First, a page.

As to the claim that China's nominal exchange rate policy is "feeding a huge trade surplus," the state of China's current account balance has little to do with exchange rate policy. In China, financial intermediation is very inefficient. Banking in China is dominated by a few large state-owned banks, and those banks are not very good at channeling domestic savings into high-return domestic investment projects. The savings of Chinese households is huge. What happens to that savings? Much of it leaves the country in the form of US Treasury securities and other foreign assets, resulting in lower real interest rates in the rest of the world (than would otherwise exist), as compared to the high domestic real interest rates in China. Some of the savings that flows out of China comes back in as foreign direct investment, but there are barriers to that flow. The result is a current account surplus in China - Chinese national savings exceeds investment. The primary cause has nothing to do with the nominal exchange rate. The Chinese current account surplus would be much smaller if domestic financial intermediation in China were much more efficient - and our interest rates would be higher.
Now, Krugman perhaps is anticipating this criticism:
You may see claims that China’s trade surplus has nothing to do with its currency policy; if so, that would be a first in world economic history. An undervalued currency always promotes trade surpluses, and China is no different.The big question here is what "undervalued" means. Relative to what? If I can decide what undervalued is, I guess I could make that statement true. The point is, Krugman's last sentence here is not the statement of an empirical fact, so it does not count as evidence.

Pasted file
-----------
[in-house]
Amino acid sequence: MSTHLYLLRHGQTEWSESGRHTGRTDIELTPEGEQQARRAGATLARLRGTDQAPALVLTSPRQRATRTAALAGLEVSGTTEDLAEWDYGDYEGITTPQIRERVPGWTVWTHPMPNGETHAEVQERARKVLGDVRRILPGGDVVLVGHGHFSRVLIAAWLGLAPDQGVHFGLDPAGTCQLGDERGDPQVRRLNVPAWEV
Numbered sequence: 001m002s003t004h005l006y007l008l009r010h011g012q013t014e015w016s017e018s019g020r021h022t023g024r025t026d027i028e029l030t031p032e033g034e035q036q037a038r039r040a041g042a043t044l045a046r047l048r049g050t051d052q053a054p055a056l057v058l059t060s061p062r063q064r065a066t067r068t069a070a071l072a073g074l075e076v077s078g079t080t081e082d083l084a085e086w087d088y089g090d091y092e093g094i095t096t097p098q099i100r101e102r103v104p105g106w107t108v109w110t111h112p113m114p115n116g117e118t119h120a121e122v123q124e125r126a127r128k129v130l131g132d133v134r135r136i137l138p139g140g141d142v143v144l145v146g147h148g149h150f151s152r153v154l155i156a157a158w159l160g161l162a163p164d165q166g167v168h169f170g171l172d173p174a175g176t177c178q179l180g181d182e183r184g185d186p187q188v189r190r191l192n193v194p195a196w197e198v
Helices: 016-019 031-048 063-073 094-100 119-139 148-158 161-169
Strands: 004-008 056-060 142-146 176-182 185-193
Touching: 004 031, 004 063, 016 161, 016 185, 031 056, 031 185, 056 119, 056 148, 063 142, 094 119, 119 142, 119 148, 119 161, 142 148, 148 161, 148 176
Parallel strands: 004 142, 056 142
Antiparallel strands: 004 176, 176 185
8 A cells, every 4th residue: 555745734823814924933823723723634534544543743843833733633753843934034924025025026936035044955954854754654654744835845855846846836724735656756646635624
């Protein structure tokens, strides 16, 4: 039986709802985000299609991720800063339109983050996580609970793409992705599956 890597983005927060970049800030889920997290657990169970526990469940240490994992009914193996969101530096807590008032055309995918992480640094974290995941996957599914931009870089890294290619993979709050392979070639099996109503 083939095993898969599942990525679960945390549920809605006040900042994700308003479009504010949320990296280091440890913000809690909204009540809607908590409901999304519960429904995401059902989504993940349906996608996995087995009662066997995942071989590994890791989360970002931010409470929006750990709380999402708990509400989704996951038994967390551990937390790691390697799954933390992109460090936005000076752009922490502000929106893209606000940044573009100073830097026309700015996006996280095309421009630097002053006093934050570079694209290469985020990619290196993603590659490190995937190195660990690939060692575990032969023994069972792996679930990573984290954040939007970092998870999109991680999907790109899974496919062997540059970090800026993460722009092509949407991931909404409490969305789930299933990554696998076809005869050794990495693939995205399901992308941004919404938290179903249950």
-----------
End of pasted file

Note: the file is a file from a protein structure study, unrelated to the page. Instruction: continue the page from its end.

Then there is this:
And in a depressed world economy, any country running an artificial trade surplus is depriving other nations of much-needed sales and jobs. Again, anyone who asserts otherwise is claiming that China is somehow exempt from the economic logic that has always applied to everyone else.Give me a break. Even if what Krugman claims earlier in the piece is true, China could only be accused of selling us stuff cheap, and lending us the funds to do so at a very low interest rate. Somehow this does not look like deprivation.
So what does Krugman want us to do about this "problem?" Well, apparently he wants a trade war. Great idea. Also,
One answer, as I’ve already suggested, is fear of what would happen if the Chinese stopped buying American bonds. But this fear is completely misplaced: in a world awash with excess savings, we don’t need China’s money — especially because the Federal Reserve could and should buy up any bonds the Chinese sell.The world currently has a healthy appetite for US Treasury securities, which in part is why yields to maturity on all these assets are so low now. What happens if the Chinese, or anyone else for that matter, loses interest in our government's debt? Clearly, absent anything else happening, those yields will have to rise. But Krugman suggests that the Fed can buy the Treasuries that the rest of the world is unloading, thus monetizing the debt. This would of course result in more inflation, which would amount to an implicit default on our nominal debt, which I assume is what Krugman wants. This of course would make the world even more skittish about holding our Treasury securities.
Krugman either believes this stuff or he doesn't. In either case it is disturbing. If he doesn't believe it, then what's his agenda? Why the China-bashing? I expect this from politicians, but not from a Nobel-Prize winning trade theorist.